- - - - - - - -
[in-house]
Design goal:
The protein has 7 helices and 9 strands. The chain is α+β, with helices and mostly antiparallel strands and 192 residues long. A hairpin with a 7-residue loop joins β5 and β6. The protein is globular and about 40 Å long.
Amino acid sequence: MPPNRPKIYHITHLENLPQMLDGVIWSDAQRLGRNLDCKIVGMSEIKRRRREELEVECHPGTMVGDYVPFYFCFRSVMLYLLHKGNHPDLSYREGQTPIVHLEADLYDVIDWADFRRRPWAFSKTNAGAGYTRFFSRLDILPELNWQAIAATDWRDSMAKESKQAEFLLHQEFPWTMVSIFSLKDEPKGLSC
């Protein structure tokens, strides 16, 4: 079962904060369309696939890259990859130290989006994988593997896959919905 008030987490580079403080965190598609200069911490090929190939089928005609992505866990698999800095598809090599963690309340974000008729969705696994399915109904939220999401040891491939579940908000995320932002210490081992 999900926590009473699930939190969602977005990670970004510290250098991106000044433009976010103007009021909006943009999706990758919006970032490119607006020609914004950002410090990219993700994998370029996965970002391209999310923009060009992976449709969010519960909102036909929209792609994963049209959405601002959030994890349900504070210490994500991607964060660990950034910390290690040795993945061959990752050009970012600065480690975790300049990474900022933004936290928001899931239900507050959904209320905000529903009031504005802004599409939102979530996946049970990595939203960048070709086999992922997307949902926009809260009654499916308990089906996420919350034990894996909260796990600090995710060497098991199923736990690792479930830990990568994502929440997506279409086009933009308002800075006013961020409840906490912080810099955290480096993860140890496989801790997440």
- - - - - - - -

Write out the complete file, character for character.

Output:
[in-house]
Design goal:
The protein has 7 helices and 9 strands. The chain is α+β, with helices and mostly antiparallel strands and 192 residues long. A hairpin with a 7-residue loop joins β5 and β6. The protein is globular and about 40 Å long.
Amino acid sequence: MPPNRPKIYHITHLENLPQMLDGVIWSDAQRLGRNLDCKIVGMSEIKRRRREELEVECHPGTMVGDYVPFYFCFRSVMLYLLHKGNHPDLSYREGQTPIVHLEADLYDVIDWADFRRRPWAFSKTNAGAGYTRFFSRLDILPELNWQAIAATDWRDSMAKESKQAEFLLHQEFPWTMVSIFSLKDEPKGLSC
């Protein structure tokens, strides 16, 4: 079962904060369309696939890259990859130290989006994988593997896959919905 008030987490580079403080965190598609200069911490090929190939089928005609992505866990698999800095598809090599963690309340974000008729969705696994399915109904939220999401040891491939579940908000995320932002210490081992 999900926590009473699930939190969602977005990670970004510290250098991106000044433009976010103007009021909006943009999706990758919006970032490119607006020609914004950002410090990219993700994998370029996965970002391209999310923009060009992976449709969010519960909102036909929209792609994963049209959405601002959030994890349900504070210490994500991607964060660990950034910390290690040795993945061959990752050009970012600065480690975790300049990474900022933004936290928001899931239900507050959904209320905000529903009031504005802004599409939102979530996946049970990595939203960048070709086999992922997307949902926009809260009654499916308990089906996420919350034990894996909260796990600090995710060497098991199923736990690792479930830990990568994502929440997506279409086009933009308002800075006013961020409840906490912080810099955290480096993860140890496989801790997440």